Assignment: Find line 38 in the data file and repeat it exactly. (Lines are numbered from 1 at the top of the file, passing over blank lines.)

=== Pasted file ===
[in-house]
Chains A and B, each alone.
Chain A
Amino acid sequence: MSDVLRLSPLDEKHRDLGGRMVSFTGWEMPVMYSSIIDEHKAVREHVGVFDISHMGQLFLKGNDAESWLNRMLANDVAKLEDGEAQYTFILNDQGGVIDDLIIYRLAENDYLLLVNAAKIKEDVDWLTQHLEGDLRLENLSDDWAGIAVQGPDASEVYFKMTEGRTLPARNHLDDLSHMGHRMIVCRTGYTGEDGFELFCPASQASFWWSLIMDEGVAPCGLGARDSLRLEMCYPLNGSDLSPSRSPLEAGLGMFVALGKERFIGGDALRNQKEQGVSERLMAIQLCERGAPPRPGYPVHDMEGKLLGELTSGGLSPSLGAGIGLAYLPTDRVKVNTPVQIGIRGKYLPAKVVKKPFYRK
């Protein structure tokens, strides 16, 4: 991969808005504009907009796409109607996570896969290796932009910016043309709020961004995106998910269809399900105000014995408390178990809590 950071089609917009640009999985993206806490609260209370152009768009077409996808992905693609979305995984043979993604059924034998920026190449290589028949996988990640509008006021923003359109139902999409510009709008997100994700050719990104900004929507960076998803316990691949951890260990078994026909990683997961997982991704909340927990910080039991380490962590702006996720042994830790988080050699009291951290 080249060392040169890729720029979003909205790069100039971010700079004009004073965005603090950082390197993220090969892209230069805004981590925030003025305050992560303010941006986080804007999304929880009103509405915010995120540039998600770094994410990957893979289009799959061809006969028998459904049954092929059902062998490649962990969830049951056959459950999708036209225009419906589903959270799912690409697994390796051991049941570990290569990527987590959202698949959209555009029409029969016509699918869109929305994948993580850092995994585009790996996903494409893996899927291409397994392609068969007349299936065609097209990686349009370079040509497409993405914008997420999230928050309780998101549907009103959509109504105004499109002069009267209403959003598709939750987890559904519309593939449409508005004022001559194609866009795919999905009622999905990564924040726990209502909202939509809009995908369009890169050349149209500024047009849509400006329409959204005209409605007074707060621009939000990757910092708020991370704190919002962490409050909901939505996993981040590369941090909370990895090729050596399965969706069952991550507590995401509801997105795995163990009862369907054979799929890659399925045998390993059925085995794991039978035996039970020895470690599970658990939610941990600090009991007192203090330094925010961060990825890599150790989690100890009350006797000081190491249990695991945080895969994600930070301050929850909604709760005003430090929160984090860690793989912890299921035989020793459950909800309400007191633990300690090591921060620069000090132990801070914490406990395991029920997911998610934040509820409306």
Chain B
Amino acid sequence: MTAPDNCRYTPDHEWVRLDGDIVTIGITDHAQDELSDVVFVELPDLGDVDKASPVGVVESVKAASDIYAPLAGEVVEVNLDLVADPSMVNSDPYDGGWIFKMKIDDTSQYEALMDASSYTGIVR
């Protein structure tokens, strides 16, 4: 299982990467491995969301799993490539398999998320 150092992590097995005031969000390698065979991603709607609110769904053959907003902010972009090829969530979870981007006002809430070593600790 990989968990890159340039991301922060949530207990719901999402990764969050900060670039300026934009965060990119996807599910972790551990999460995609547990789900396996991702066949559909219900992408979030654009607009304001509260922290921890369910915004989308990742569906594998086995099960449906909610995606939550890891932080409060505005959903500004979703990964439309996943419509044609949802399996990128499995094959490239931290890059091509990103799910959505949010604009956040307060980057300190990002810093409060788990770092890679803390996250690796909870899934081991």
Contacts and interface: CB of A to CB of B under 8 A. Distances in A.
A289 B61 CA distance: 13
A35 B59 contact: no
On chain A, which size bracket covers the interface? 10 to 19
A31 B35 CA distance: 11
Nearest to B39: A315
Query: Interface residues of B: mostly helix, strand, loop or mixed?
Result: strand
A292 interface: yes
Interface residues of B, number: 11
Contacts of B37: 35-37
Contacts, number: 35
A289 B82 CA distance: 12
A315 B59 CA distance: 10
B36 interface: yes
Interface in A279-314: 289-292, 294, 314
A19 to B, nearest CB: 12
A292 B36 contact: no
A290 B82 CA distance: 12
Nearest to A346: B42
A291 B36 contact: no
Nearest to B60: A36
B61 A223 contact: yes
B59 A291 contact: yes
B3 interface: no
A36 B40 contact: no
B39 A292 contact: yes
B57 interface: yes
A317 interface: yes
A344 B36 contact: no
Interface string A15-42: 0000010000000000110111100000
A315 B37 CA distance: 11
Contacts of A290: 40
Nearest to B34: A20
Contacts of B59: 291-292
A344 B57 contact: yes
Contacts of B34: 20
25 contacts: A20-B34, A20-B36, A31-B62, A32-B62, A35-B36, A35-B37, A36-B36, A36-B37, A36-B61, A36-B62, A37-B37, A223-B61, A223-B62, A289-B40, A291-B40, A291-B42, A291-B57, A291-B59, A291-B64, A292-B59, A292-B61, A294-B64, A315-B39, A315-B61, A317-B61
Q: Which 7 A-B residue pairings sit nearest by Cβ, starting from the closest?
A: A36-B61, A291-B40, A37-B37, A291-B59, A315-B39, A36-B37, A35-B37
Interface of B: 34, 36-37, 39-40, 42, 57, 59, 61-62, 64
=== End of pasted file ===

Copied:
A344 B36 contact: no